Want to be relevant? Learn how politics work -and have fun in the process

3 December 2015
Comedy about politics serves other purposes beside entertainment. They can foster a richer political environment in which think tanks may be able to make greater contributions.

Lima is being hit by what looks like an 30 degrees introduction to a new “El Niño”, I’ve been busy with the organisation of the first Batalla de Ideas (Battle of Ideas meets policy Fight Club) in Peru, and hiring a new research and communications officer for On Think Tanks, so this post promises to be slightly light-hearted.

Over the last couple of years I’ve been listening to a podcast by Matt Forde: The Political Party. Forde is an ex-Labour party volunteer and staffer and self-confessed Blairite. He is also a stand-up comedian and his podcast is really the recording of a stand-up comedy show -with a twist.

The show is made up of two parts: during the first half (less than half really) Forde performs a politically themed routine. During the second half he interviews a politician -including a section with questions from the audience.

The podcasts are long; over 1 hour long each. But they are worth listening to.

Politics are politics are politics. The stories that Forde’s guests share are relevant for any context. They talk of the challenges of holding office, the many problems that politicians face when balancing what the voters want with what they believe in and what science/experts say, the mundaneness of leaders’ lives, etc. Michael Portillo, one of the best interviewees, for instance, confesses that few politicians have any power at all. When we call them ‘policymakers’ or ‘decision makers’ we are kidding ourselves -he’d argue. They are powerless, merely surviving between crises.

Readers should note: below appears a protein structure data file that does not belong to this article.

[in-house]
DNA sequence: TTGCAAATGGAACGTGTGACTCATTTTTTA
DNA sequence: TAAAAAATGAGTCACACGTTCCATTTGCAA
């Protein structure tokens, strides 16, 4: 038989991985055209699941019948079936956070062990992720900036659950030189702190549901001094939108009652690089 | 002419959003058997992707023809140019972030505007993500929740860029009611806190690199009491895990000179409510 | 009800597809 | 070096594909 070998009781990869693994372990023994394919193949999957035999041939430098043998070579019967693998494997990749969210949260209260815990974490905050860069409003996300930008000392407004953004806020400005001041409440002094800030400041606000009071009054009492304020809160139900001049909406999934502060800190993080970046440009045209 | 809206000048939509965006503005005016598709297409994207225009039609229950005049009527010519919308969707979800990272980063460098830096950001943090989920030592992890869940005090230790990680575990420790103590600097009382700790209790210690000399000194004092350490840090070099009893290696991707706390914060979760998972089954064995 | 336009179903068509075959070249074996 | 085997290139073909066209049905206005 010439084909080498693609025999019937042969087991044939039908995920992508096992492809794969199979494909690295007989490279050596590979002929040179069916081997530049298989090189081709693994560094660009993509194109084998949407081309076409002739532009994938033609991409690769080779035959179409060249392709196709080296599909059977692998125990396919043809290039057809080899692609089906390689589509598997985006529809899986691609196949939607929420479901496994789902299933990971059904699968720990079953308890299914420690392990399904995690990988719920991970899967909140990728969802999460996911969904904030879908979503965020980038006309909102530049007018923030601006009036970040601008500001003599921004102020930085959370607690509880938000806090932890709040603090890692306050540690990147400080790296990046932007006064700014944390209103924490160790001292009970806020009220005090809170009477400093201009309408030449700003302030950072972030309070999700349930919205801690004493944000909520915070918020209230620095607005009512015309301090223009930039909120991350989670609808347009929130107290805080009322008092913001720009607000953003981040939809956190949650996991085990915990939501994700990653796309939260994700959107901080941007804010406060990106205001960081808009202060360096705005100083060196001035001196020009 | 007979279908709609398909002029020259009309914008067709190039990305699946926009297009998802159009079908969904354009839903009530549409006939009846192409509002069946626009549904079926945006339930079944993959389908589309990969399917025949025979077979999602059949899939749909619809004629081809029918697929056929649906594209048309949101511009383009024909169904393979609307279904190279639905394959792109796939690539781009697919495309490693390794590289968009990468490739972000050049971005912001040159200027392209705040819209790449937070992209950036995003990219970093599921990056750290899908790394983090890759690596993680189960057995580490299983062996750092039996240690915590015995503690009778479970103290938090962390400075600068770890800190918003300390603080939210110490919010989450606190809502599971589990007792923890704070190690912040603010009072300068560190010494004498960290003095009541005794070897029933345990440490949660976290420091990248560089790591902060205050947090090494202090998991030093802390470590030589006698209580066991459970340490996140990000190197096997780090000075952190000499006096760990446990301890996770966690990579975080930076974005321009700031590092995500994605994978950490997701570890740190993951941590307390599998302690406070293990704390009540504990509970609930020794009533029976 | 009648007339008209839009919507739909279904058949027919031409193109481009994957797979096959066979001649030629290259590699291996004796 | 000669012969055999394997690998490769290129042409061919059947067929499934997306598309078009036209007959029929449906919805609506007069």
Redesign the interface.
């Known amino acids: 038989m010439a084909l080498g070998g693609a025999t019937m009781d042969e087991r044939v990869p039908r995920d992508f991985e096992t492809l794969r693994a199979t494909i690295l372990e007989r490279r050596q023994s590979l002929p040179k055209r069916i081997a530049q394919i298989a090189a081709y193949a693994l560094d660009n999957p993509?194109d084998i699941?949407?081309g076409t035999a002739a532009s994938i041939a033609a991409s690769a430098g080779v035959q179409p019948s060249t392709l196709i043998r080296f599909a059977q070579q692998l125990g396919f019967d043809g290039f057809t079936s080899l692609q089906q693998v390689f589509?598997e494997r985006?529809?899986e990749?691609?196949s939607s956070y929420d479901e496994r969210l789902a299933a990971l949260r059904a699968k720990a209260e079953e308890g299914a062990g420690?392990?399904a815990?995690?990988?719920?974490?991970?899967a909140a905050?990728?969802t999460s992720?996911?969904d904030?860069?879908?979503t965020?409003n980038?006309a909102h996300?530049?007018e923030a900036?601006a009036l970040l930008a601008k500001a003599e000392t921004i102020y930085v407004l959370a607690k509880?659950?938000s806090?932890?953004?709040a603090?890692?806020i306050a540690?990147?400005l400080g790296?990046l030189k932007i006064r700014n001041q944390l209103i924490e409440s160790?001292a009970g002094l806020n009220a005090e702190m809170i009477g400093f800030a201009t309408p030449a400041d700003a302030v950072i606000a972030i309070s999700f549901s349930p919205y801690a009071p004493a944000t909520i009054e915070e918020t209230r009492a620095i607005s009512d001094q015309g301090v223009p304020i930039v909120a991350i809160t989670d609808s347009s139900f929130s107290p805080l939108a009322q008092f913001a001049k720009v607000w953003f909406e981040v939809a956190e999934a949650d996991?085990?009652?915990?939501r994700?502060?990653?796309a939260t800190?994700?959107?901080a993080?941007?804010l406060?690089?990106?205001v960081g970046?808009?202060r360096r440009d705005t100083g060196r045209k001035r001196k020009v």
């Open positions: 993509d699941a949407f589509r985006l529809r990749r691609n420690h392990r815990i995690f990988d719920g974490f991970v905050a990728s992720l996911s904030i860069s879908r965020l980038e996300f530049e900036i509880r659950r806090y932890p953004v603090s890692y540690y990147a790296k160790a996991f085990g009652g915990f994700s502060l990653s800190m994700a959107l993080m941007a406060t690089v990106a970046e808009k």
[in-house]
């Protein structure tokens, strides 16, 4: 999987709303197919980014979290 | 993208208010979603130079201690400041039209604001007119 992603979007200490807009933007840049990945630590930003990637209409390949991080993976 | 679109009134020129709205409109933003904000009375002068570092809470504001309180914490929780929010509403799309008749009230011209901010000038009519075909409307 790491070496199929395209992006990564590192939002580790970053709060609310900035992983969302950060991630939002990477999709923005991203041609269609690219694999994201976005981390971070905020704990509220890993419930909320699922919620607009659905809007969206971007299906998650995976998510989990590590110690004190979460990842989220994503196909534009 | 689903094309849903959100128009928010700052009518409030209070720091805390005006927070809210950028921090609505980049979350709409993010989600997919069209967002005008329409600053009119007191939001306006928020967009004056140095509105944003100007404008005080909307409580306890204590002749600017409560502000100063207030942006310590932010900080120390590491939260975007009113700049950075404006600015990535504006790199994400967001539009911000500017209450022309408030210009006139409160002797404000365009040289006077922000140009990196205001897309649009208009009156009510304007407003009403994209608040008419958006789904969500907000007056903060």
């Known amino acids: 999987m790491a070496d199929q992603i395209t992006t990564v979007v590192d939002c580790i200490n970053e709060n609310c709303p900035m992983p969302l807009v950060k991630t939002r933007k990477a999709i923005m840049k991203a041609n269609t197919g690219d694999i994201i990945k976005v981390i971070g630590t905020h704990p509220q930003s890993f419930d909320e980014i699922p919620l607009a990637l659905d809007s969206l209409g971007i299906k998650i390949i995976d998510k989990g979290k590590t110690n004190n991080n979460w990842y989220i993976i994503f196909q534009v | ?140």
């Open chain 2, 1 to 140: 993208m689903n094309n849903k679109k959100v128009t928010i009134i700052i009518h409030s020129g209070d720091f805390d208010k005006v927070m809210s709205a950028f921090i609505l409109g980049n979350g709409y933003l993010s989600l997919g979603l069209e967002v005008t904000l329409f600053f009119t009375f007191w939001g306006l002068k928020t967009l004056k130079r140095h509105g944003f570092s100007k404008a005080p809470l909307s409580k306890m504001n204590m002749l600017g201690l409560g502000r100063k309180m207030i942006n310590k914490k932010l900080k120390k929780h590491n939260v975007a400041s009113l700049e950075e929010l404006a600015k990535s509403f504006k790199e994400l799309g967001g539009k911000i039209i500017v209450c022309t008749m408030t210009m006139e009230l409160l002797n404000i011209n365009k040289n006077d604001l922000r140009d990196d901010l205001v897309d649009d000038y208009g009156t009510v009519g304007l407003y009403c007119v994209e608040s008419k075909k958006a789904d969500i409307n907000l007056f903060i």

Alan Johnson’s podcast is particularly good at describing how people become politicians -although they all cover this.

I could not recommend this more.

Of course, Matt Forde owes his new career to the greatness of, possibly, one of the best political comedy TV shows: Yes Minister and Yes Prime Minister. These are comedies but also in-depth studies of the nature of government -and politics.

What is the connection to think tanks, you might ask. Well, there are many aspects of these “comedies” that are relevant to think tanks; just three:

  1. They represent but a small taste of several other TV and Radio shows dedicated to the subject of politics. There are theatre plays and films to address politics and government seriously. Documentaries, too, offer insights into the hidden aspects of politics that enlighten our understanding. One example of this is the BBC’s recent documentary behind the scenes at Westminster. These offer a wealth of information about politics that enriches the environment in which think tanks can thrive.
  2. They entertain and inspire new generations of thinktankers to pursue careers in politics -and not just partisan politics but also policy politics.
  3. They provide a mirror on which politicians can see themselves and their world (and often their nonsense) reflected.

Enjoy the podcasts.